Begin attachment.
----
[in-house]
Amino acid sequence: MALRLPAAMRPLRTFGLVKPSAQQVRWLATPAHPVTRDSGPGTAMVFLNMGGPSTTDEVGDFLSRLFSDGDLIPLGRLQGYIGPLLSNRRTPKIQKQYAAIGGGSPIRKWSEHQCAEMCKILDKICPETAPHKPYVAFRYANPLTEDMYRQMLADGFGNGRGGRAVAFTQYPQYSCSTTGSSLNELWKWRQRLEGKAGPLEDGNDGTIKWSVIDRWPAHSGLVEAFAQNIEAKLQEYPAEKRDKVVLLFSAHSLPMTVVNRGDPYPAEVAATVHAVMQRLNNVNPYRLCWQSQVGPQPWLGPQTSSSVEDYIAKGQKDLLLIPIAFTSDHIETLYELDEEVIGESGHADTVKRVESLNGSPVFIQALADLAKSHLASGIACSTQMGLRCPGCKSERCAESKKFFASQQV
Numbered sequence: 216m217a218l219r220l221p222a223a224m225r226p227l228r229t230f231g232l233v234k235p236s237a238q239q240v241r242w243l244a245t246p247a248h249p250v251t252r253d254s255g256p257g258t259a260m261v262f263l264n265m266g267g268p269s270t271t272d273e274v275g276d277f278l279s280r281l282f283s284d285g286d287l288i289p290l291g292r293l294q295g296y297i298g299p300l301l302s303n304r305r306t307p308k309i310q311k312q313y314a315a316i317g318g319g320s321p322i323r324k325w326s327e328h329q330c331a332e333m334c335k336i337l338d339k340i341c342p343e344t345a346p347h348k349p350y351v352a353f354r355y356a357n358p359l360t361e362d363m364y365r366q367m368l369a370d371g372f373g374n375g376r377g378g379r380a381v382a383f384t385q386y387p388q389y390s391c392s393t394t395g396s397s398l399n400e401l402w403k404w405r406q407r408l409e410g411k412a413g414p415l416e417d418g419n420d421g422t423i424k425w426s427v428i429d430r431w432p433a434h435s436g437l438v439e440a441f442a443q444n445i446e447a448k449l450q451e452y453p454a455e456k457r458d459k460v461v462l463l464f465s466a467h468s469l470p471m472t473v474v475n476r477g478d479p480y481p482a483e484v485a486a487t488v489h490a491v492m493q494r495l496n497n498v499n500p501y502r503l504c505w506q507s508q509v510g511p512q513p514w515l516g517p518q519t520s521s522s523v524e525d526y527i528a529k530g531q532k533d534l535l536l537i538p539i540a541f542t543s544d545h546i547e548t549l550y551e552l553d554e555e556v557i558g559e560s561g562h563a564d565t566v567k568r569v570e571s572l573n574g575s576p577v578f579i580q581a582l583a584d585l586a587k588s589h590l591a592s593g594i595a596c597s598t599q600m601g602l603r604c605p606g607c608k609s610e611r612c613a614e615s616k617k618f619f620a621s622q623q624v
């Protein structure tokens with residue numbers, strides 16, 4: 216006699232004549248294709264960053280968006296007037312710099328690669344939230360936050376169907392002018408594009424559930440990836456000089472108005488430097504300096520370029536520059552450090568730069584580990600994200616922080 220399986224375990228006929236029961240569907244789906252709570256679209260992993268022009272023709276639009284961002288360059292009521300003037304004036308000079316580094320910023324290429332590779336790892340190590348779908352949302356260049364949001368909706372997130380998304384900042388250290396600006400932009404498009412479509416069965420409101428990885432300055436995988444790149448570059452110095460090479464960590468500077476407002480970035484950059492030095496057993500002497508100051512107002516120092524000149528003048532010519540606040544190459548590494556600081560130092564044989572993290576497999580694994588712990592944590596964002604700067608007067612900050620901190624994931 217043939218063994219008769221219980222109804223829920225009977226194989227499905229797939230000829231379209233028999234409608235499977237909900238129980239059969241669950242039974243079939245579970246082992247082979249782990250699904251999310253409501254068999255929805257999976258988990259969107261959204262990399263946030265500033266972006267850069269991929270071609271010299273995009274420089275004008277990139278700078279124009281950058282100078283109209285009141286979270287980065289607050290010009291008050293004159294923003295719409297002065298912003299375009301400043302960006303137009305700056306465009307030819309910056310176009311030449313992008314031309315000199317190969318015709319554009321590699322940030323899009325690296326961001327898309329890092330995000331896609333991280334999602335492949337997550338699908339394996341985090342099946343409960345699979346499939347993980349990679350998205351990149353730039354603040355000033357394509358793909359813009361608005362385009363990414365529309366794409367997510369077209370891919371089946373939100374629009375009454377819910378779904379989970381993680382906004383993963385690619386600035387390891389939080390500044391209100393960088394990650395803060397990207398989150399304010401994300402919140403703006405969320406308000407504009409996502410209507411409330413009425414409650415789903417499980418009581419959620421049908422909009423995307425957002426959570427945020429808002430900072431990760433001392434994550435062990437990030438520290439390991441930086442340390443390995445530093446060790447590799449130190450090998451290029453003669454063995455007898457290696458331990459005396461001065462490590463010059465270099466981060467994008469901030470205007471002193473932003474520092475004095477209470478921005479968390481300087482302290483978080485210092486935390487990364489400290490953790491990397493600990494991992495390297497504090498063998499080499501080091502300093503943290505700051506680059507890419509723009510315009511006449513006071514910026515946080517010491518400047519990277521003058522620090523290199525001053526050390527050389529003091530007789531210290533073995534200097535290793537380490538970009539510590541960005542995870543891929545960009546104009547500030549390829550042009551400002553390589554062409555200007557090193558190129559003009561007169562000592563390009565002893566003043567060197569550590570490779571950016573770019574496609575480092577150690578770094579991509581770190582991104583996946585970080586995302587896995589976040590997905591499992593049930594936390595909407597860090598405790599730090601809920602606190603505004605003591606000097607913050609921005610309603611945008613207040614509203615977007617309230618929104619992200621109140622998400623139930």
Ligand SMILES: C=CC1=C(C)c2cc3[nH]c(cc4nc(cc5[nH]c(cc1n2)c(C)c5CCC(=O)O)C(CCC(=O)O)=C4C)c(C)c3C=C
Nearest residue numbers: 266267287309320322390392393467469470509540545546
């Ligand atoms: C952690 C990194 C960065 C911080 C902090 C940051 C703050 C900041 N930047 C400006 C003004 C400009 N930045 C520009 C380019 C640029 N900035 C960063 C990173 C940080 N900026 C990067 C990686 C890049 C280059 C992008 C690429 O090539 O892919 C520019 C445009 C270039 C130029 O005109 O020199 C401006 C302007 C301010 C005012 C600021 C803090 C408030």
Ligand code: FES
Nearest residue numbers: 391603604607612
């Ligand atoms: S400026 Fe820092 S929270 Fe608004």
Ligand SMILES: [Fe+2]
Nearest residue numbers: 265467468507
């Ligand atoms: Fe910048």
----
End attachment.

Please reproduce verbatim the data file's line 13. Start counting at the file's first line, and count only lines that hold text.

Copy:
């Ligand atoms: Fe910048």